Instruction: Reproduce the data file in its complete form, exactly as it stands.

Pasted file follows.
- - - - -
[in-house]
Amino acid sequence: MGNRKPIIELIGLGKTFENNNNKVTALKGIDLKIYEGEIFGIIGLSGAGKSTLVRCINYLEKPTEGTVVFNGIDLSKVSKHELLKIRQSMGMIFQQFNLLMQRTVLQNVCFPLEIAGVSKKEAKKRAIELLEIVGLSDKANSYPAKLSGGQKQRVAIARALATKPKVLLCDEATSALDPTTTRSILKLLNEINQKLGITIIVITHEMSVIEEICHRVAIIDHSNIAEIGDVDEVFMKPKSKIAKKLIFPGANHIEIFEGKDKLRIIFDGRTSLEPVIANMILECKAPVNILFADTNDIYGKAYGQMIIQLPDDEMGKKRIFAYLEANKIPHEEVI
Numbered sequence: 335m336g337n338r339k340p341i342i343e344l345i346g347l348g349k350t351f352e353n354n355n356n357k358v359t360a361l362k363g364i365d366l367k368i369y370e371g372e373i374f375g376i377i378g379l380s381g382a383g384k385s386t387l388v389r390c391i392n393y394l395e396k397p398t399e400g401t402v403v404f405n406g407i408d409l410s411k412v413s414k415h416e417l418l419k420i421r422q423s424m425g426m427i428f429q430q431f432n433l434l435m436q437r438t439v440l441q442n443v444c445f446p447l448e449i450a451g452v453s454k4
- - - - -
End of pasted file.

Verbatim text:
[in-house]
Amino acid sequence: MGNRKPIIELIGLGKTFENNNNKVTALKGIDLKIYEGEIFGIIGLSGAGKSTLVRCINYLEKPTEGTVVFNGIDLSKVSKHELLKIRQSMGMIFQQFNLLMQRTVLQNVCFPLEIAGVSKKEAKKRAIELLEIVGLSDKANSYPAKLSGGQKQRVAIARALATKPKVLLCDEATSALDPTTTRSILKLLNEINQKLGITIIVITHEMSVIEEICHRVAIIDHSNIAEIGDVDEVFMKPKSKIAKKLIFPGANHIEIFEGKDKLRIIFDGRTSLEPVIANMILECKAPVNILFADTNDIYGKAYGQMIIQLPDDEMGKKRIFAYLEANKIPHEEVI
Numbered sequence: 335m336g337n338r339k340p341i342i343e344l345i346g347l348g349k350t351f352e353n354n355n356n357k358v359t360a361l362k363g364i365d366l367k368i369y370e371g372e373i374f375g376i377i378g379l380s381g382a383g384k385s386t387l388v389r390c391i392n393y394l395e396k397p398t399e400g401t402v403v404f405n406g407i408d409l410s411k412v413s414k415h416e417l418l419k420i421r422q423s424m425g426m427i428f429q430q431f432n433l434l435m436q437r438t439v440l441q442n443v444c445f446p447l448e449i450a451g452v453s454k4